Sept. 11 faculty panel discusses how the world has changed in 20 years

Dr. Amanda Sharp Parker was a dance major with dreams of hitting it big on Broadway on the morning of Sept. 11, 2001. The terror attacks of that morning in New York City, Washington, D.C. and Pennsylvania altered her purpose. 

“I don’t just remember that morning, I remember that day. I remember automatically wanting to switch my major to do something that dealt with this.”

Today Parker is an associate professor and the coordinator of homeland security and cybersecurity at Campbell University, teaching courses in critical infrastructure protection, terrorism, cyber threats and cyberterrorism, transnational threats and interagency operations, to name a few. She was part of a Campbell faculty panel this week to discuss how the world has changed in the past 20 years to commemorate the 20th anniversary of the Sept. 11 attacks. 

The professors shared their views on subjects ranging from history to government to literature. Each professor talked about how their respective fields of study have changed. For Parker, her field was practically created as a response to the attacks. 

“What did we learn from 9-11?” she said. “We learned how technically savvy al Qaeda was. They had computers with our [network] systems, water treatment plants, dam systems and more, and we learned so much more about what they were looking to do to our country. Looking at the positives though, in 20 years, the Department of Homeland Security has put people in the field — whether they’re political scientists, military personnel or historians — and trained them to protect our country. We have thwarted many attacks that the public doesn’t know about because of what we learned from 9-11.”

Dr. Sal Mercogliano, who served as moderator for the faculty panel, grew up in Long Island and had visited the World Trade Center several times as a kid. The associate professor of history and chair of the Department of History, Criminal Justice and Political Science also worked several years in Washington, D.C.,  at the Navy Yard, across from the Pentagon. He said Sept. 11 had a unique effect on him, and for years, he avoided visiting Ground Zero. 

“It’s hard to convey to young students the power of the events of 9-11,” Mercogliano said. “I joke with students all the time that I remember 9-11 like it was yesterday. I remember every moment of it. I can tell you almost everything I did that day. I can’t remember Sept. 10, and I can’t remember Sept. 12, but man, 9-11 is there. And it resonates. It resonates in a way few things do.”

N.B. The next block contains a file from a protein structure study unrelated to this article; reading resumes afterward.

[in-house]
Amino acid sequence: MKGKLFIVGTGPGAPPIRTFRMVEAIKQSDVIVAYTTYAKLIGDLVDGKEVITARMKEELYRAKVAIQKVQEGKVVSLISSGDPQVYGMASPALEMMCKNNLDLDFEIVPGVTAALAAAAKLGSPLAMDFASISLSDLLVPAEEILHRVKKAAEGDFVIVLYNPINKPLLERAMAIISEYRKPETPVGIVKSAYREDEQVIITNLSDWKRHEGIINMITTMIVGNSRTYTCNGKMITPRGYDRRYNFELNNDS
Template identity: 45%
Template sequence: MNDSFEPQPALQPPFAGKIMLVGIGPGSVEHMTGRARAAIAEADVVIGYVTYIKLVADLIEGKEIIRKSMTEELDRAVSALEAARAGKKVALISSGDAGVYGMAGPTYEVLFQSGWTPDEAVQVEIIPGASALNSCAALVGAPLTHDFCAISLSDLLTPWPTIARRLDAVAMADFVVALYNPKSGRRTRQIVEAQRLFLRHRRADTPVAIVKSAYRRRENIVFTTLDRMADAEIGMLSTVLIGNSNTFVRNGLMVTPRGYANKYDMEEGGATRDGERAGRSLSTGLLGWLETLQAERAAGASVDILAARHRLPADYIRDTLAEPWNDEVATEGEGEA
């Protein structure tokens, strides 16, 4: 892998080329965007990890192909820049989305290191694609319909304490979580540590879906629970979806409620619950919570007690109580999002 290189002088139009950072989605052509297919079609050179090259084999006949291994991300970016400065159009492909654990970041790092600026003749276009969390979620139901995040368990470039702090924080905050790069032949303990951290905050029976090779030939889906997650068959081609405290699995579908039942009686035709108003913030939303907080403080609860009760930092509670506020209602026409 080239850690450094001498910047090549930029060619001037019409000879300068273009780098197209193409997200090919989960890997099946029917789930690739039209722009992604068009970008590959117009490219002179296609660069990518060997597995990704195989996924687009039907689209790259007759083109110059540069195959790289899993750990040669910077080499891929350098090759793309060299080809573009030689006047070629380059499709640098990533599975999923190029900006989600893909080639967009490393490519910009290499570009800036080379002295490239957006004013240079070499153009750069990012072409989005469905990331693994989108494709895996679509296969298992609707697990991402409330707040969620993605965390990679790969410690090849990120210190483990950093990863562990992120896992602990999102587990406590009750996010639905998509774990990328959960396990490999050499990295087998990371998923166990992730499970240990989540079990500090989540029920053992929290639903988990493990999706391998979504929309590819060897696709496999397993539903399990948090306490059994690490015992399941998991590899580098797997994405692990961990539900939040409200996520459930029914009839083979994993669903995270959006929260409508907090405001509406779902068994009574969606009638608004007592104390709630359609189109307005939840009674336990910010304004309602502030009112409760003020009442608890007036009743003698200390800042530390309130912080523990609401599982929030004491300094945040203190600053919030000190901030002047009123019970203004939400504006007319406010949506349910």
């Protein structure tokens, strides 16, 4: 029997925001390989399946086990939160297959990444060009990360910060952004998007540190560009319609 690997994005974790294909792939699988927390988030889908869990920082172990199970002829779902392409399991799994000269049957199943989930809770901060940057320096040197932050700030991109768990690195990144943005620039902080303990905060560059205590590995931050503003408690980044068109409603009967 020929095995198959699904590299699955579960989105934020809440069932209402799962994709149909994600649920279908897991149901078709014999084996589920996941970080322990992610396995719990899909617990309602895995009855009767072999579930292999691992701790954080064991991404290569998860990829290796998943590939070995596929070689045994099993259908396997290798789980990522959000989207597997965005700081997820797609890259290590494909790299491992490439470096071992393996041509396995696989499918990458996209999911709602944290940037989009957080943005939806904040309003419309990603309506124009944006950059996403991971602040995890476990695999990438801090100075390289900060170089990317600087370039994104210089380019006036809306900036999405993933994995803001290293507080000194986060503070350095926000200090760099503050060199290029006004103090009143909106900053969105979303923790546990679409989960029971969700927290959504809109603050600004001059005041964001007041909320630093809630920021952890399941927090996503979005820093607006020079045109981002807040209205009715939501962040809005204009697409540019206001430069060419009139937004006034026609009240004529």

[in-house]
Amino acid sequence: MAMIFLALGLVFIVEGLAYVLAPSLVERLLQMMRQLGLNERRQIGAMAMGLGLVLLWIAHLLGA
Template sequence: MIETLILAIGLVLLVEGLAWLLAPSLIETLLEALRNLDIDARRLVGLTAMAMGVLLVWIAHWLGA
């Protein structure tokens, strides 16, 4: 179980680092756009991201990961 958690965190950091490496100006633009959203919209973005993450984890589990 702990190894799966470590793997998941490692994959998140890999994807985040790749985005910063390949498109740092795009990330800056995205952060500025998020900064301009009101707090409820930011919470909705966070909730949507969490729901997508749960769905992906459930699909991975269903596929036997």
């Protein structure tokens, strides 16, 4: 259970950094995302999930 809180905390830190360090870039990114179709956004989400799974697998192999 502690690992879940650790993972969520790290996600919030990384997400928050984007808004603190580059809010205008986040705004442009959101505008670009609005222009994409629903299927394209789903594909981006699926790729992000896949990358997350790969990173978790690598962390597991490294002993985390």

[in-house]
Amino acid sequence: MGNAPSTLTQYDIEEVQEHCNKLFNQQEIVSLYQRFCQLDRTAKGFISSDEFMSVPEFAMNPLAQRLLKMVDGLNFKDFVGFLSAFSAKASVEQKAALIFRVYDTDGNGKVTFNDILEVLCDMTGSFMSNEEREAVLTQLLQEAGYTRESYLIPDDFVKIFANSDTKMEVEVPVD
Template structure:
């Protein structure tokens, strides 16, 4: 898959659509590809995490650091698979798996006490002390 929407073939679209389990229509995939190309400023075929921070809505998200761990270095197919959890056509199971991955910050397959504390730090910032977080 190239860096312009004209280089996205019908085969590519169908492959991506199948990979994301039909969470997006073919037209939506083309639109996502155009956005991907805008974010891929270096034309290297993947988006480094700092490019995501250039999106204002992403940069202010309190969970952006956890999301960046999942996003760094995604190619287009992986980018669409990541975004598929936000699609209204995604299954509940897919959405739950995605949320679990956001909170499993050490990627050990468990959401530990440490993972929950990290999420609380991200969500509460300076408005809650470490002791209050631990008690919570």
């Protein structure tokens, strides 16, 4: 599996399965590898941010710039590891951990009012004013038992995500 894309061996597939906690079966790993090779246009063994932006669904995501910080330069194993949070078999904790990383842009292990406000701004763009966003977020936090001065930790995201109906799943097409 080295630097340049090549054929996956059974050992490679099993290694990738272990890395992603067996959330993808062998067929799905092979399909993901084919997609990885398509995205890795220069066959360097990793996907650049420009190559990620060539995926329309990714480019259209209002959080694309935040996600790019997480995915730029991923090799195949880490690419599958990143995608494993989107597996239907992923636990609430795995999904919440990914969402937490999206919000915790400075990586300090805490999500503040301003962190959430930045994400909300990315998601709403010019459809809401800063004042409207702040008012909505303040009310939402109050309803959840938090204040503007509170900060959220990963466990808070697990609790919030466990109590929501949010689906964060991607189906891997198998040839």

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Capt. Mike Slattery, professor of history and government at Campbell and a veteran of the Vietnam War, said he had unsettling flashbacks of Vietnam when the planes hit the World Trade Center and the Pentagon. 

“It was, without a doubt, an act of war,” he said. “And that was what I told my students in my military history class the following day. Most of them were ROTC cadets and would soon be commissioned as second lieutenants. And it wouldn’t be long before they would be leading America’s response against al Qaeda.”

Slattery called the country’s initial response to the attacks a success. He called December 2001 the “high watermark” of the war after a successful invasion that killed or captured leaders of both al Qaeda and the Taliban in Afghanistan. He said what followed was a series of missed political and strategic opportunities and military miscalculations.  

“There were many lessons learned, relearned or ignored, both applying to Vietnam and to Afghanistan,” Slattery said. “But one key lesson that I learned that stands out, especially toward the end as we got ready to leave, is that the U.S. can provide all the training, modern weapons and equipment necessary to defeat an enemy. But it can’t earn the will of [another] army to fight or receive it if it believes [we are] corrupt and lacking its people’s support.”

Other speakers included English professor Dr. Sherry Truffin, who shared her thoughts on changes in literature related to Sept. 11; history professor Dr. James Martin, who shared the history of the Middle East and how that history led to the formation of al Qaeda; political science and history professor Dr. David Thornton, who shared his thoughts on U.S. foreign policy; and history professor Dr. Jaclyn Stanke, who talked about how Sept. 11 altered the nation’s relationship with Russia. 

Watch the entire hour-long panel here.